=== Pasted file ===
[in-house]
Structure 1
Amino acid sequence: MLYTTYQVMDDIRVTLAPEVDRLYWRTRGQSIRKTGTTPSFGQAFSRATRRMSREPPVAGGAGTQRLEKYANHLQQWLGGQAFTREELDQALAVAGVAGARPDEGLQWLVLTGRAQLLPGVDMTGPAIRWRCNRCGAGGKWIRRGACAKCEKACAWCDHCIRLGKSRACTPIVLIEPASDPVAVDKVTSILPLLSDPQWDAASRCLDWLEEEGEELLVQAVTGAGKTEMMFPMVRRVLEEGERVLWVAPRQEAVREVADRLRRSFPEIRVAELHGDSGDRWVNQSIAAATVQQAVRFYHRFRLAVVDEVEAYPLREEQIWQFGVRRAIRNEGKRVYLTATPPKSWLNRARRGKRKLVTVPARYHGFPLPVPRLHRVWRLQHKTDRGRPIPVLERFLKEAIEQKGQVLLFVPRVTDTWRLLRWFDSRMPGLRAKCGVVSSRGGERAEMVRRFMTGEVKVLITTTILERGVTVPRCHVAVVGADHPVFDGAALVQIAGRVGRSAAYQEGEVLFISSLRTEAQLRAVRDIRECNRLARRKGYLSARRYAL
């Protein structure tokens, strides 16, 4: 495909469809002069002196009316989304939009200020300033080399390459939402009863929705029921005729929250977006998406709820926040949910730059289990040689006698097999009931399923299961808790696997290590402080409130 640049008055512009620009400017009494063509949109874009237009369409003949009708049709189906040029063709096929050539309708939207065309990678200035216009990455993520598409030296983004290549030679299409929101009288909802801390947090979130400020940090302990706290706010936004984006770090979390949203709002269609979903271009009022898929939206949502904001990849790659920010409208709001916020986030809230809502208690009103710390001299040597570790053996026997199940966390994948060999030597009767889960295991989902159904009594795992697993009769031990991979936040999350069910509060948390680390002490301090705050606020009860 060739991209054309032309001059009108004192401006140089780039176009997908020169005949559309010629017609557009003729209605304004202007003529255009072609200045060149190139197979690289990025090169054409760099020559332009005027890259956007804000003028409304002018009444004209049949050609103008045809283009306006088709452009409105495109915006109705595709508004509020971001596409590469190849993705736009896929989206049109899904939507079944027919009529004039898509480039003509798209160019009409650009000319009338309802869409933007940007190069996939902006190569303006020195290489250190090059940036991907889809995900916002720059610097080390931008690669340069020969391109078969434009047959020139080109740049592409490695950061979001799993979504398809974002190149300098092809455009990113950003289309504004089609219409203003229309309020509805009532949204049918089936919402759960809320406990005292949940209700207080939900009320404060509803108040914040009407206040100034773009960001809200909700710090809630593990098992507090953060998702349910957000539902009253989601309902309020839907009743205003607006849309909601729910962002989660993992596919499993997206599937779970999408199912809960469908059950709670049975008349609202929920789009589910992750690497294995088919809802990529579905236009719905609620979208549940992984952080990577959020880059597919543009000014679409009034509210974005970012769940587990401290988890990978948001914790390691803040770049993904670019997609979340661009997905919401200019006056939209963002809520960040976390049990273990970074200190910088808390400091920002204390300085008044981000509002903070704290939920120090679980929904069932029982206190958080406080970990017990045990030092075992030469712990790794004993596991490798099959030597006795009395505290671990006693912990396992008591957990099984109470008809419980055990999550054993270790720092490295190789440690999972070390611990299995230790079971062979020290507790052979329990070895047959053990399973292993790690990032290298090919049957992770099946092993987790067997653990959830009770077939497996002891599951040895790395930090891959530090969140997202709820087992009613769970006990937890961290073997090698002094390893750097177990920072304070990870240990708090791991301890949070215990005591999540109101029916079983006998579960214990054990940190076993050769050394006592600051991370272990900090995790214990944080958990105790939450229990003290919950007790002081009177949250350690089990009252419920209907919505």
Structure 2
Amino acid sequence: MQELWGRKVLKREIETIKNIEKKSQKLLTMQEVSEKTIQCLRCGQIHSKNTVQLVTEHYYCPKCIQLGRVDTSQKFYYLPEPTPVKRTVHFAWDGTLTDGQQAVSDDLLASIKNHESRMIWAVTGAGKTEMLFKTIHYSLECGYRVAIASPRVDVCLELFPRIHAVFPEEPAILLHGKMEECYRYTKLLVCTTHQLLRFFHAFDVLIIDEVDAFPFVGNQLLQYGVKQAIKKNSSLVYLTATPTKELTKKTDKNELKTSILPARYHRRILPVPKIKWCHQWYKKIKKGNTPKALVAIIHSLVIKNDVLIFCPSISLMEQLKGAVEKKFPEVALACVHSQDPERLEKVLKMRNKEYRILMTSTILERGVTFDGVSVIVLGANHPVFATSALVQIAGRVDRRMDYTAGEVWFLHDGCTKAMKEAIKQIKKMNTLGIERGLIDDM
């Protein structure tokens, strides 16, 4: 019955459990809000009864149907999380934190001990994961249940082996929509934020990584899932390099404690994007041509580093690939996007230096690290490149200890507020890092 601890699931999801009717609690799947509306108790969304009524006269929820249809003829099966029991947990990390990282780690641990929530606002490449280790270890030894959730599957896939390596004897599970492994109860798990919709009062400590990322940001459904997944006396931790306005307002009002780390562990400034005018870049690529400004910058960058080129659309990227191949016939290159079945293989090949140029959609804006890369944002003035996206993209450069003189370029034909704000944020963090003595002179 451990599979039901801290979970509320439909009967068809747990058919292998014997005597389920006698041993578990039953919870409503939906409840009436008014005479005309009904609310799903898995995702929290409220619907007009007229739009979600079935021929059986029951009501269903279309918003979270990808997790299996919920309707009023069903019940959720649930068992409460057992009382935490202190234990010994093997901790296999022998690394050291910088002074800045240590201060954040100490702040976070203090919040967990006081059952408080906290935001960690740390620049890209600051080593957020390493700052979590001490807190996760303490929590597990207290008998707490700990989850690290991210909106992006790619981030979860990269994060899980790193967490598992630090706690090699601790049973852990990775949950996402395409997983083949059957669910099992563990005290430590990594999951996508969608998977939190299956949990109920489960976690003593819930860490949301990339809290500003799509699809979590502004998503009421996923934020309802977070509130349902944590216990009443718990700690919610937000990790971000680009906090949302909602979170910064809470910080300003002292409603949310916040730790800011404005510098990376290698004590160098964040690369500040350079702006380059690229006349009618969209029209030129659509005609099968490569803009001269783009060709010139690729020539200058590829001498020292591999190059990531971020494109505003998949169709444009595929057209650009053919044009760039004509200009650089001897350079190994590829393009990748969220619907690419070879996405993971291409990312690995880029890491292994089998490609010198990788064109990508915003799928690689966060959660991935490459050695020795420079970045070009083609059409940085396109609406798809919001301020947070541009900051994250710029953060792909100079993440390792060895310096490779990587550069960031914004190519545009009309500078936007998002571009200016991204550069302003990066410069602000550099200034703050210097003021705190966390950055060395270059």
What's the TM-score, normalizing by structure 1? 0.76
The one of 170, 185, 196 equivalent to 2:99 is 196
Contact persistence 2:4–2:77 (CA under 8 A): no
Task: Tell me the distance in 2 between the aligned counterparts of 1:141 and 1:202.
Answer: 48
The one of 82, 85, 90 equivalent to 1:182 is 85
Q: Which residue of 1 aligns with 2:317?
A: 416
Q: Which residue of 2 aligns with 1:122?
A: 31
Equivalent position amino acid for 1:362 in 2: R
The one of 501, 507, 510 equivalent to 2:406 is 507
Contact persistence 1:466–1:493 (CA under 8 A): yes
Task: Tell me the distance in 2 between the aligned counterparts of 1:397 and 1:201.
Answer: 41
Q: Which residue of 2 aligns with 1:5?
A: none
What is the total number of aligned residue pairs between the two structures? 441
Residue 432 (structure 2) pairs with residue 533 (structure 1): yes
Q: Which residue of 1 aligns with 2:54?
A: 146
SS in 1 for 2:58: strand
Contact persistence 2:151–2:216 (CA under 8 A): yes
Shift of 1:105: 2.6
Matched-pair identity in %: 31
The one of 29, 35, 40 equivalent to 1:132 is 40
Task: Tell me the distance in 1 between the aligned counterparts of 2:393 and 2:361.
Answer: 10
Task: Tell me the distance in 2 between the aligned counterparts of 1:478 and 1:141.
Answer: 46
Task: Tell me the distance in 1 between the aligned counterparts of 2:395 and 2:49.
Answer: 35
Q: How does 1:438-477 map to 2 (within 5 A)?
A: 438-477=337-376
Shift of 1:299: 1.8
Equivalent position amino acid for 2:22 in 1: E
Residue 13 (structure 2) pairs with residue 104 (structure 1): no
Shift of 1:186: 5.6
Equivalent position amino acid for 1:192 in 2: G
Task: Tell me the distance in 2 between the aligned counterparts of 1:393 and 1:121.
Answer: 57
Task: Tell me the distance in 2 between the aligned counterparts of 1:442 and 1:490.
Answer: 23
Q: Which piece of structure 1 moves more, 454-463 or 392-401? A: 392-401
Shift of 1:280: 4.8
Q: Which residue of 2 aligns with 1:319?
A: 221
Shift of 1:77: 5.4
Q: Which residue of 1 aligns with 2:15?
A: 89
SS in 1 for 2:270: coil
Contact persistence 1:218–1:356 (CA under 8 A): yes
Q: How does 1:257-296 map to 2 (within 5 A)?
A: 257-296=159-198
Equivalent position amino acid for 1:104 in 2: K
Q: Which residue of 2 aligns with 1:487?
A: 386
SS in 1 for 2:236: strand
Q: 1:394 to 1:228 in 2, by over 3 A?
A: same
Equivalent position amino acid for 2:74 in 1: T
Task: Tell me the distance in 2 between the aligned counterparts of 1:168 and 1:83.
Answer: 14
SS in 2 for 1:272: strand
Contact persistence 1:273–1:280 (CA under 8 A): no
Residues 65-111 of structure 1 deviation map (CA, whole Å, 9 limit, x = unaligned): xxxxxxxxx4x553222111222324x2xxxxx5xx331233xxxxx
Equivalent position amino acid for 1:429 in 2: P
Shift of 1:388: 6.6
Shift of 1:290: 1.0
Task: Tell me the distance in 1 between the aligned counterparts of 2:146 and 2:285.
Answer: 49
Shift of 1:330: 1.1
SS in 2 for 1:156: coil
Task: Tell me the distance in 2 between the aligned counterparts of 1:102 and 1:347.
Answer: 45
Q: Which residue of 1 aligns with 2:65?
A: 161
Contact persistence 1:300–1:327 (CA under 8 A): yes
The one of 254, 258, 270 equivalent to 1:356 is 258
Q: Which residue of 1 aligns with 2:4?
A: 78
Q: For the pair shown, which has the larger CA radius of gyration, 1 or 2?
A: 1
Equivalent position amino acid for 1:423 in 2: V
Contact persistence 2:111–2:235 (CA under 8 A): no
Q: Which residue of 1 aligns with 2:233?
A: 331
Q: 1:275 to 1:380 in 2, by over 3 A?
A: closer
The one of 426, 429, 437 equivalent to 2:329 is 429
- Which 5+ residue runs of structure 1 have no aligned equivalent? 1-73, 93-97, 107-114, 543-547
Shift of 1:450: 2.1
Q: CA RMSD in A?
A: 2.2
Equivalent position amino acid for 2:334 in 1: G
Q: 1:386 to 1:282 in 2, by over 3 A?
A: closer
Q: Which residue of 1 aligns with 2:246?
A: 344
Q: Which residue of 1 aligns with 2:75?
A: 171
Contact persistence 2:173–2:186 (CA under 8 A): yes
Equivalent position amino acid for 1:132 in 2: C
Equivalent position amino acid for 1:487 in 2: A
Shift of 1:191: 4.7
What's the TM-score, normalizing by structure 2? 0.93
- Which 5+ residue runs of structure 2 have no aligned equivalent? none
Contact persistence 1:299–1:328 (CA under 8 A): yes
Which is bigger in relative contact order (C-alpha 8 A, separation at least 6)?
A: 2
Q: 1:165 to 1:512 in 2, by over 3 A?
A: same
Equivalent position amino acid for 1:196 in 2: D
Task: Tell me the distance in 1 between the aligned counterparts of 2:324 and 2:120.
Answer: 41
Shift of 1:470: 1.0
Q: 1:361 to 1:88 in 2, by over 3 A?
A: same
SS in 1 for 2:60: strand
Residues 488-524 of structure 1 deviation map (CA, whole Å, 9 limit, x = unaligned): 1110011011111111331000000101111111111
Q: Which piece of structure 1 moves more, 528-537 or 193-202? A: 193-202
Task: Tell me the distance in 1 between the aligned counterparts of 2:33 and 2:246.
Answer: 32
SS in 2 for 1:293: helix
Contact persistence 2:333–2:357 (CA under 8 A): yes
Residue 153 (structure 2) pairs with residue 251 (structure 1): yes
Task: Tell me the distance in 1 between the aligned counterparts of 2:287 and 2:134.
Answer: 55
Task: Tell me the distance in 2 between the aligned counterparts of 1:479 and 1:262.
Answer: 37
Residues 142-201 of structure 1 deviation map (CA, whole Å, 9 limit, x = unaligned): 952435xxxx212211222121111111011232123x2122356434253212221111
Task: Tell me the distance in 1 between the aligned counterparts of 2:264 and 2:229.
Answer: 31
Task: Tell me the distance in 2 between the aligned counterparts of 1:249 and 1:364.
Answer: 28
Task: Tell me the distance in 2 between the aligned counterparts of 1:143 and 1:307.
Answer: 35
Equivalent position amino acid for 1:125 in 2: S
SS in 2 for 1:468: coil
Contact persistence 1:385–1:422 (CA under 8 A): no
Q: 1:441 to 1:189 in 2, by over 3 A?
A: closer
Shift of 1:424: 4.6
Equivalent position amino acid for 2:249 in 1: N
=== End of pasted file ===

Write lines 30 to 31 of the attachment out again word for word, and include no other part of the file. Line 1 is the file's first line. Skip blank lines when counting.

Contact persistence 2:151–2:216 (CA under 8 A): yes
Shift of 1:105: 2.6